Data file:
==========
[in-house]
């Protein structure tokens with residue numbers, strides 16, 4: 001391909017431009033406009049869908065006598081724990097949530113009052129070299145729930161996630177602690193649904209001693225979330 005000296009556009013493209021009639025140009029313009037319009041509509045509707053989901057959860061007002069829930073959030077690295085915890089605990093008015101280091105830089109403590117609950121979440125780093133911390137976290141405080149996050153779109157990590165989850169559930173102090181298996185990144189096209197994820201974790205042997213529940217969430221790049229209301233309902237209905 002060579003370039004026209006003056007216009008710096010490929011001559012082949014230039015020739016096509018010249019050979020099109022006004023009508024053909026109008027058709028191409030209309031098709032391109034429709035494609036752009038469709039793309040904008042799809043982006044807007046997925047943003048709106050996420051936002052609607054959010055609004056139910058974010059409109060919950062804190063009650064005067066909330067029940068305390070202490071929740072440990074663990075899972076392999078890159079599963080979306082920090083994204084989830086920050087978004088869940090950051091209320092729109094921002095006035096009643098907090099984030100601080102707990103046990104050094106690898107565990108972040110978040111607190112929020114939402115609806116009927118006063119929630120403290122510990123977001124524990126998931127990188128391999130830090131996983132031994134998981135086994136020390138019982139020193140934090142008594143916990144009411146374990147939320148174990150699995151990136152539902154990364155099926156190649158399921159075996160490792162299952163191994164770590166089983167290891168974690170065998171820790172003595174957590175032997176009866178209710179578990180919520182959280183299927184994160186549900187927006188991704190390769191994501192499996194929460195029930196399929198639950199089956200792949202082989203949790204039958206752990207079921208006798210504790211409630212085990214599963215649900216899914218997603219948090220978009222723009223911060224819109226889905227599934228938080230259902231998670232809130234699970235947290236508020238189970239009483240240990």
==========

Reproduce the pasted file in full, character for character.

[in-house]
């Protein structure tokens with residue numbers, strides 16, 4: 001391909017431009033406009049869908065006598081724990097949530113009052129070299145729930161996630177602690193649904209001693225979330 005000296009556009013493209021009639025140009029313009037319009041509509045509707053989901057959860061007002069829930073959030077690295085915890089605990093008015101280091105830089109403590117609950121979440125780093133911390137976290141405080149996050153779109157990590165989850169559930173102090181298996185990144189096209197994820201974790205042997213529940217969430221790049229209301233309902237209905 002060579003370039004026209006003056007216009008710096010490929011001559012082949014230039015020739016096509018010249019050979020099109022006004023009508024053909026109008027058709028191409030209309031098709032391109034429709035494609036752009038469709039793309040904008042799809043982006044807007046997925047943003048709106050996420051936002052609607054959010055609004056139910058974010059409109060919950062804190063009650064005067066909330067029940068305390070202490071929740072440990074663990075899972076392999078890159079599963080979306082920090083994204084989830086920050087978004088869940090950051091209320092729109094921002095006035096009643098907090099984030100601080102707990103046990104050094106690898107565990108972040110978040111607190112929020114939402115609806116009927118006063119929630120403290122510990123977001124524990126998931127990188128391999130830090131996983132031994134998981135086994136020390138019982139020193140934090142008594143916990144009411146374990147939320148174990150699995151990136152539902154990364155099926156190649158399921159075996160490792162299952163191994164770590166089983167290891168974690170065998171820790172003595174957590175032997176009866178209710179578990180919520182959280183299927184994160186549900187927006188991704190390769191994501192499996194929460195029930196399929198639950199089956200792949202082989203949790204039958206752990207079921208006798210504790211409630212085990214599963215649900216899914218997603219948090220978009222723009223911060224819109226889905227599934228938080230259902231998670232809130234699970235947290236508020238189970239009483240240990």